As the 737 Max scandal rolls on, "software delivered to Boeing" has been blamed by the company for the malfunctioning of a safety display.
In a statement issued over the weekend, the American airliner manufacturer admitted that its software was not properly displaying fleet-standard warning captions to pilots. This admission comes after sustained media reporting over cockpit angle-of-attack (AOA) displays and warnings, one of which was sold by Boeing to airlines as an optional extra for their aircraft.
Warning captions (wording that flashes up on the pilot's display screen) on the 737 Max included one, AOA Disagree, which alerted the pilots if the 737 Max's two AOA sensors were delivering different readings from each other. If the two go out of sync, the logic goes, one must therefore be faulty.
Worse, Boeing engineers knew about the problem in 2017 – months before the fatal Lion Air and Ethiopian Airways crashes. The company only revealed this to US Federal Aviation Authority regulators after Lion Air flight JT610 crashed in October 2018, claiming in this week's statement that "the issue did not adversely impact airplane safety or operation".
"Senior company leadership was not involved in the review and first became aware of this issue in the aftermath of the Lion Air accident," added Boeing.
The AOA sensors feed the controversial MCAS trim system, another software feature that did not work properly. Improper MCAS activations seemingly caused by faulty AOA readings are suspected to have contributed to two fatal Boeing 737 Max crashes within the last year, costing hundreds of lives.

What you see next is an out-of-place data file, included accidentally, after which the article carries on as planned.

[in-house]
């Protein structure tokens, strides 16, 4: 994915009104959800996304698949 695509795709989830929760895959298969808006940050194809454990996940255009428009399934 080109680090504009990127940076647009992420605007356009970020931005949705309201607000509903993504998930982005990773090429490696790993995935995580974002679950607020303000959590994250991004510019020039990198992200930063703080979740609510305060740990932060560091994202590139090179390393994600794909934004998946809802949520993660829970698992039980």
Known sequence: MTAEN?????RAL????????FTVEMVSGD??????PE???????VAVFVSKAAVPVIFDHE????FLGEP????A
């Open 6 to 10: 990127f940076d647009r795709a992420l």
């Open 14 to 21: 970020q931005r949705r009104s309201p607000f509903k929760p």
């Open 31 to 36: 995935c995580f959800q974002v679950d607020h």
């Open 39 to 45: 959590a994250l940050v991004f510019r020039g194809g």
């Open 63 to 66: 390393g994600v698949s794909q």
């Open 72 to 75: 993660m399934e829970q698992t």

Boeing said the 737 Max's "display system software did not correctly meet the AOA Disagree alert requirements", adding that "software delivered to Boeing linked the AOA Disagree alert to the AOA indicator, which is an optional feature on the Max" and earlier versions of the 737.
"Accordingly," continued Boeing, "the software activated the AOA Disagree alert only if an airline opted for the AOA indicator."
This was not what should have happened. Even if an airline didn't pay extra for the AOA indicator display gauge (pictured here on a schematic for earlier 737 versions than the Max), if the sensors went out of sync, a warning should have been shown to the pilots.
AOA gauges have been offered as a feature on Boeing 737s since the mid-1990s 737-600 model, known in marketing terms as the first of the 737 Next Generation (NG). The NG series, comprising the 737-600, -700 and -800 models, preceded the controversial Max series.
Boeing is now issuing a display system software update to correct this fault, it said. This is on top of a promised software update to MCAS to stop it from attempting to push the 737 Max's nose towards the ground. ®